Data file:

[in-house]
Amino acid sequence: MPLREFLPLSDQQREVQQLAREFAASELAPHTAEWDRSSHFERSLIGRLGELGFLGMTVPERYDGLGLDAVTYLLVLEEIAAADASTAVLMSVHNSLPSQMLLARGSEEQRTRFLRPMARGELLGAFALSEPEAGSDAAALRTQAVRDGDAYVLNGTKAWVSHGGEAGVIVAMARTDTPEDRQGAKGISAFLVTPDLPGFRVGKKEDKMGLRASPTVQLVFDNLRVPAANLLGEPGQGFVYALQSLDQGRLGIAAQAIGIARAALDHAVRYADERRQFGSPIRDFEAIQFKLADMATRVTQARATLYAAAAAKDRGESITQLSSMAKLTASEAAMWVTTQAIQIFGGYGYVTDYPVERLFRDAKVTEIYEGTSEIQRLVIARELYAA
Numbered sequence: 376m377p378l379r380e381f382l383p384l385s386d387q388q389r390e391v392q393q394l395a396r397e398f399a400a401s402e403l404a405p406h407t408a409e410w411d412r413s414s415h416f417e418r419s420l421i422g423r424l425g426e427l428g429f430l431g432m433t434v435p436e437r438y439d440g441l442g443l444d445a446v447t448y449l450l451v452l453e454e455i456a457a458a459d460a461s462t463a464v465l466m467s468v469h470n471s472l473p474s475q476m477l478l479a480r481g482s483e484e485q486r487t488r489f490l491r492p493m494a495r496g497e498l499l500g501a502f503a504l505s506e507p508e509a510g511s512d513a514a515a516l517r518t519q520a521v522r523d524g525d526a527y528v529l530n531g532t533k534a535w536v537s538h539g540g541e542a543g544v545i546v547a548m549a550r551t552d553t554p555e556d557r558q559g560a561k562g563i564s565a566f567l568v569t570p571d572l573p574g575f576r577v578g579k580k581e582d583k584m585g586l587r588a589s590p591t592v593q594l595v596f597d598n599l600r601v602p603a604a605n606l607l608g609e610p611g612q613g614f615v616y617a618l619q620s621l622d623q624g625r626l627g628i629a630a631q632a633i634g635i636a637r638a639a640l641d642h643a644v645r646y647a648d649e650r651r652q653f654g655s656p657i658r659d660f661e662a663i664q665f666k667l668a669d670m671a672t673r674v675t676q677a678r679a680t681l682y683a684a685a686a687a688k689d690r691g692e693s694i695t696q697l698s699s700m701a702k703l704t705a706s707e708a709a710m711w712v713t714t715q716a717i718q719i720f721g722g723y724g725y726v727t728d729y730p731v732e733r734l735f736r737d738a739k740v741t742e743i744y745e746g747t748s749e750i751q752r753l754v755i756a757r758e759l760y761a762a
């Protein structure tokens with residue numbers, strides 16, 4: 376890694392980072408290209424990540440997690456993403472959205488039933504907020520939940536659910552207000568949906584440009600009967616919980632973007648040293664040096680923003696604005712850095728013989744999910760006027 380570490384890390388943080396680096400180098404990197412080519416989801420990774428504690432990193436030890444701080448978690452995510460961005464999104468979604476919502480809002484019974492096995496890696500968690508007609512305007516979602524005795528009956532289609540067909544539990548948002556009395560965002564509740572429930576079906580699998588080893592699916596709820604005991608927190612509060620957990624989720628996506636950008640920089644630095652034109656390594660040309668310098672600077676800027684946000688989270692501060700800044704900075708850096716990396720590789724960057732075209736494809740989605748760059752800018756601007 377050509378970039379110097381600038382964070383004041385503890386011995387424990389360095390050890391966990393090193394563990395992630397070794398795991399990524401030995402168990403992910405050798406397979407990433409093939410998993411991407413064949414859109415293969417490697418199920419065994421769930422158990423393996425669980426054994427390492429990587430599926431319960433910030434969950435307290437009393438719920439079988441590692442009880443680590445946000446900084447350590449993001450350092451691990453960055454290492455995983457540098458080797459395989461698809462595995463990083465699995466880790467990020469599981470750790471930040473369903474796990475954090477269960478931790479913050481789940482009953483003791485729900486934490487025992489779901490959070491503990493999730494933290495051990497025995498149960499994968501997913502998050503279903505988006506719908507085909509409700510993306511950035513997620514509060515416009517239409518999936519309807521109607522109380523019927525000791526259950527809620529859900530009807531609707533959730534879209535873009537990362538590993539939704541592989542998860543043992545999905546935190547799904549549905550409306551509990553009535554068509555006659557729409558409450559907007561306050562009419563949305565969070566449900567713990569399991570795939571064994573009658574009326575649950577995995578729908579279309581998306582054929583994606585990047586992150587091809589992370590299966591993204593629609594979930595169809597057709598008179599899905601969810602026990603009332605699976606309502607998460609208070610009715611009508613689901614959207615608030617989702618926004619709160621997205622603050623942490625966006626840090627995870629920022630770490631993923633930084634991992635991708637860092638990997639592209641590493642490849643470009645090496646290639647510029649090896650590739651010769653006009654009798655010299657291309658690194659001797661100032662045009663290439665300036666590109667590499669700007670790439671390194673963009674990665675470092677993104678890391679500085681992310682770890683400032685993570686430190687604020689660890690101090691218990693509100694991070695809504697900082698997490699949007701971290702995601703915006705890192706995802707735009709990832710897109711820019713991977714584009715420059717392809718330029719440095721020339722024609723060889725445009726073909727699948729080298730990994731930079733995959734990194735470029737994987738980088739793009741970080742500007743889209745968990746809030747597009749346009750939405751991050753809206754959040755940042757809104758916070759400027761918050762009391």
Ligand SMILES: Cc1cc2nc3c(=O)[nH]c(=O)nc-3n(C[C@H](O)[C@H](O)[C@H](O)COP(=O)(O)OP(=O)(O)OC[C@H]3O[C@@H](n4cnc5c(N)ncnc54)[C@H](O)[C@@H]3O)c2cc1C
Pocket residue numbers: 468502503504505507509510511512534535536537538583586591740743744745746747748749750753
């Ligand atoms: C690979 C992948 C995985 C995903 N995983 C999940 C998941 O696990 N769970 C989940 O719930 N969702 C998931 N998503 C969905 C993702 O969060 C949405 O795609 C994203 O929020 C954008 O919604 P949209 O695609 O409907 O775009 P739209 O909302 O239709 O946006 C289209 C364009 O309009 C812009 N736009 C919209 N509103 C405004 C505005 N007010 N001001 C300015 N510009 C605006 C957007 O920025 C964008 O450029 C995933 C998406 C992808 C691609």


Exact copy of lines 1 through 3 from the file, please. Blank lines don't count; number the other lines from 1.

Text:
[in-house]
Amino acid sequence: MPLREFLPLSDQQREVQQLAREFAASELAPHTAEWDRSSHFERSLIGRLGELGFLGMTVPERYDGLGLDAVTYLLVLEEIAAADASTAVLMSVHNSLPSQMLLARGSEEQRTRFLRPMARGELLGAFALSEPEAGSDAAALRTQAVRDGDAYVLNGTKAWVSHGGEAGVIVAMARTDTPEDRQGAKGISAFLVTPDLPGFRVGKKEDKMGLRASPTVQLVFDNLRVPAANLLGEPGQGFVYALQSLDQGRLGIAAQAIGIARAALDHAVRYADERRQFGSPIRDFEAIQFKLADMATRVTQARATLYAAAAAKDRGESITQLSSMAKLTASEAAMWVTTQAIQIFGGYGYVTDYPVERLFRDAKVTEIYEGTSEIQRLVIARELYAA
Numbered sequence: 376m377p378l379r380e381f382l383p384l385s386d387q388q389r390e391v392q393q394l395a396r397e398f399a400a401s402e403l404a405p406h407t408a409e410w411d412r413s414s415h416f417e418r419s420l421i422g423r424l425g426e427l428g429f430l431g432m433t434v435p436e437r438y439d440g441l442g443l444d445a446v447t448y449l450l451v452l453e454e455i456a457a458a459d460a461s462t463a464v465l466m467s468v469h470n471s472l473p474s475q476m477l478l479a480r481g482s483e484e485q486r487t488r489f490l491r492p493m494a495r496g497e498l499l500g501a502f503a504l505s506e507p508e509a510g511s512d513a514a515a516l517r518t519q520a521v522r523d524g525d526a527y528v529l530n531g532t533k534a535w536v537s538h539g540g541e542a543g544v545i546v547a548m549a550r551t552d553t554p555e556d557r558q559g560a561k562g563i564s565a566f567l568v569t570p571d572l573p574g575f576r577v578g579k580k581e582d583k584m585g586l587r588a589s590p591t592v593q594l595v596f597d598n599l600r601v602p603a604a605n606l607l608g609e610p611g612q613g614f615v616y617a618l619q620s621l622d623q624g625r626l627g628i629a630a631q632a633i634g635i636a637r638a639a640l641d642h643a644v645r646y647a648d649e650r651r652q653f654g655s656p657i658r659d660f661e662a663i664q665f666k667l668a669d670m671a672t673r674v675t676q677a678r679a680t681l682y683a684a685a686a687a688k689d690r691g692e693s694i695t696q697l698s699s700m701a702k703l704t705a706s707e708a709a710m711w712v713t714t715q716a717i718q719i720f721g722g723y724g725y726v727t728d729y730p731v732e733r734l735f736r737d738a739k740v741t742e743i744y745e746g747t748s749e750i751q752r753l754v755i756a757r758e759l760y761a762a